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Why Higher Oil Prices Could Send Enbridge (TSX:ENB) Stock Soaring

Enbridge (TSX:ENB)(NYSE:ENB) has been having a great year this year. After falling precipitously from 2015 to the end of 2018, the company’s shares have risen 15% year to date in tandem with the TSX. Granted, a rising tide lifts all boats, and Enbridge’s year-to-date rise is consistent with the broader TSX trend.

However, there are reasons to believe that Enbridge could become a breakout stock of 2019 independent of the index as a whole. With the price of oil on the rise, there are good reasons to believe that Canadian energy stocks have significant upside. As the operator of the world’s longest and most sophisticated crude oil transportation system, shipping 60% of U.S.-bound Canadian oil, Enbridge will be one of the main beneficiaries of the rising oil price. To see why that’s the case, we need to look at how a rising oil price could increase demand for pipeline capacity.

Increased demand

It goes without saying that increased demand for oil increases oil prices, which benefits oil explorers and producers. It’s less obvious how the same benefits pipelines, which charge fees and make money irrespective of the price of oil. However, benefit they do. First, the greater the demand for oil, the more contracts companies like Enbridge get. Second, a massive increase in demand could justify the creation of new pipelines, each of which would represent new revenue streams for such companies.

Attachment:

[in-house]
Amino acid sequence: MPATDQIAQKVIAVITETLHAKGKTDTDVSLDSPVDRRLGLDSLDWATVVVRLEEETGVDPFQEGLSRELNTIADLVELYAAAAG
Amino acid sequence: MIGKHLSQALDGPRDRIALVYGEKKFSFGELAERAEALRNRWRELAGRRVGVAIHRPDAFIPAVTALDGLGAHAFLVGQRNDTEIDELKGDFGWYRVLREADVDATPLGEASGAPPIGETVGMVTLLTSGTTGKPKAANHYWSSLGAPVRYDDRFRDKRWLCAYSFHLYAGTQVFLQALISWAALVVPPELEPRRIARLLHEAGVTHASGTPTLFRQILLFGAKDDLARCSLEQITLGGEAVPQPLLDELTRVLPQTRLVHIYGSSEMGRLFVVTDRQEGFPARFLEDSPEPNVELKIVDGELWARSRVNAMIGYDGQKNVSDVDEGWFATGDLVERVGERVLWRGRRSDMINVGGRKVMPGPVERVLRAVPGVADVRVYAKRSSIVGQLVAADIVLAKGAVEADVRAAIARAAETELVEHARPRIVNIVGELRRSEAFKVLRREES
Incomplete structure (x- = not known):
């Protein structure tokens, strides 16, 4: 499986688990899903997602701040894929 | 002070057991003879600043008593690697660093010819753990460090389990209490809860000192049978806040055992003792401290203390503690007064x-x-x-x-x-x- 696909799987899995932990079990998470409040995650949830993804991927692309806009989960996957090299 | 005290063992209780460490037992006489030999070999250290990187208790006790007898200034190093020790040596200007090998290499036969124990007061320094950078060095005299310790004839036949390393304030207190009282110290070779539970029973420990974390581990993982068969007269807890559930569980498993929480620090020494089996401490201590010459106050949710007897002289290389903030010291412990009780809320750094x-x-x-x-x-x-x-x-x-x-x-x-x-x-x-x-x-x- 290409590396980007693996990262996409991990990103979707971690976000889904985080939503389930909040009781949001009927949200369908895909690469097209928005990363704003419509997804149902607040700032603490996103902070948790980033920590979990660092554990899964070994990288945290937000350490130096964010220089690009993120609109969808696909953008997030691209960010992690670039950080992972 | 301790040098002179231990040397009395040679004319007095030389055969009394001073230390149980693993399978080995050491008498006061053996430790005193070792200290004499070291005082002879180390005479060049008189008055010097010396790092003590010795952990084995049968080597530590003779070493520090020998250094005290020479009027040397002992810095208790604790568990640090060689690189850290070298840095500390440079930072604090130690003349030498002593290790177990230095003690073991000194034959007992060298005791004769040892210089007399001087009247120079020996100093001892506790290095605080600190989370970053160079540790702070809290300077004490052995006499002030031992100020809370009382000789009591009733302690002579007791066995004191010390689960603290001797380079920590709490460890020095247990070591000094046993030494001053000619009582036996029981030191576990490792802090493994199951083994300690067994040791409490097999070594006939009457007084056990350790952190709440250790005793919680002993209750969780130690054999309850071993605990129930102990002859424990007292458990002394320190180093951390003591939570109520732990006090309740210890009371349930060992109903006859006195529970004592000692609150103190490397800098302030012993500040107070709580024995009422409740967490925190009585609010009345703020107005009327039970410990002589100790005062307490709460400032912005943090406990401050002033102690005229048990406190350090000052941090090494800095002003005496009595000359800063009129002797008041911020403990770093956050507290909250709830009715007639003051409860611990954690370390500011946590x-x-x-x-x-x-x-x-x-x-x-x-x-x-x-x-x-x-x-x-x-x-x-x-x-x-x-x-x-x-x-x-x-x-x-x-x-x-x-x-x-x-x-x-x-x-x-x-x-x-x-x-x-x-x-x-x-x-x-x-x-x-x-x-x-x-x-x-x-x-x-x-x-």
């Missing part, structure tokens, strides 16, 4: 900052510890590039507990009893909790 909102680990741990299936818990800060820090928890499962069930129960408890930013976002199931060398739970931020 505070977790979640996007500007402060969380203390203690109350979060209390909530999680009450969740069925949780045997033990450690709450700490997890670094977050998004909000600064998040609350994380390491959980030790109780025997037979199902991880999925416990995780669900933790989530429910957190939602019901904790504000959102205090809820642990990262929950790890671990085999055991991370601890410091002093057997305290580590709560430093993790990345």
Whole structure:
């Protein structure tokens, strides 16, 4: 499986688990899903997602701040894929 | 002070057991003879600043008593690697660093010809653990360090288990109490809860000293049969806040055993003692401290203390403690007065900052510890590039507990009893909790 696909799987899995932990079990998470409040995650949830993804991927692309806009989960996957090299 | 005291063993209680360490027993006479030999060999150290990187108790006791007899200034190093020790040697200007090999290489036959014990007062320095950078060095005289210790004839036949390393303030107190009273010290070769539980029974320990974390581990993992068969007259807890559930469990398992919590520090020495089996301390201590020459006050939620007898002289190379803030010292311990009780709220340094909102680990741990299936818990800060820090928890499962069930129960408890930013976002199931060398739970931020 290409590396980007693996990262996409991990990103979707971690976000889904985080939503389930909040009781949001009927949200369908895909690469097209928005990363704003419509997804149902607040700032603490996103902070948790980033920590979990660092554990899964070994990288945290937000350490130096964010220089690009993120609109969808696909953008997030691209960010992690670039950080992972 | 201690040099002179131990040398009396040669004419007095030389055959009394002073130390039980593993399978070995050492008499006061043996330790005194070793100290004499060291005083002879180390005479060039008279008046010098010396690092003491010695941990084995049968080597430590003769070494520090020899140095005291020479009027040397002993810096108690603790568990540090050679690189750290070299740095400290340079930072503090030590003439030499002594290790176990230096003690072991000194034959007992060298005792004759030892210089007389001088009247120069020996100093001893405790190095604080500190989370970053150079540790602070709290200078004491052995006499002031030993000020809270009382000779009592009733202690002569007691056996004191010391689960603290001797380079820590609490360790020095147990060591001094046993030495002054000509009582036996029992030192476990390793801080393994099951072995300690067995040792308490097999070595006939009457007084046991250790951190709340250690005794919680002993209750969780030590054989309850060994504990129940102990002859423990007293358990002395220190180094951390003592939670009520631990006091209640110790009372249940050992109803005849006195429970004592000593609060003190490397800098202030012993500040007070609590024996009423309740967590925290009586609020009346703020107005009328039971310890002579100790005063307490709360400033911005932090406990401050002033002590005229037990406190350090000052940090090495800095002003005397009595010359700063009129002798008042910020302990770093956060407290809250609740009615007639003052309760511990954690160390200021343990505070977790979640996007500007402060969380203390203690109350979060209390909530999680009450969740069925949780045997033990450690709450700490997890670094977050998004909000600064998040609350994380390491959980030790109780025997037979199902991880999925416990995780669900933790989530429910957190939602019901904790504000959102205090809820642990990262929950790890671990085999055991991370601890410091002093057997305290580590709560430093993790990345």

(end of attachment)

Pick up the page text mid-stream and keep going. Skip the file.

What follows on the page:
Growing pipeline capacity

Another reason that rising oil prices could benefit Enbridge is that the company is adding new pipeline capacity. Whereas TC Energy’s Keystone expansion is being mired in delay, Enbridge’s most notable infrastructure project — the line three expansion — is going ahead at full speed. This means that Enbridge is perfectly positioned to take on new contracts in an environment where demand for oil is rising.

Improved investor sentiment

A final reason that a rising price of oil could be good for Enbridge is that it could improve investor sentiment. Stocks tend to move together as sectors, so price fluctuations don’t always perfectly track the underlying business’ fundamentals in the short term. From 2015 to 2018, Enbridge’s revenue rose from $8 billion to $16 million, while net income grew from $250 million to $2.8 billion. However, during that entire period, the company’s shares were tanking.

The most likely culprit for Enbridge’s falling stock price between 2015 and 2018 is negative investor sentiment toward energy stocks as a whole. Although the company’s fundamentals would have justified rising prices, the stock fell anyway. The reason is that investors don’t always look too deeply into balance sheets and income statements and often buy or sell based on vague feelings. For the same reason, Enbridge may rise if there’s a broad perception that oil is set to do well — and with demand on the rise, such a perception is now widespread.

In truth, Enbridge as a company is not all that dependent on the price of oil. It has contracts set up that guarantee it gets paid even if its clients aren’t using its infrastructure. However, being an energy company, its stock is likely to be lifted by rising oil prices for psychological reasons, if nothing else.

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Fool contributor Andrew Button has no position in any of the stocks mentioned. The Motley Fool owns shares of Enbridge. Enbridge is a recommendation of Stock Advisor Canada.

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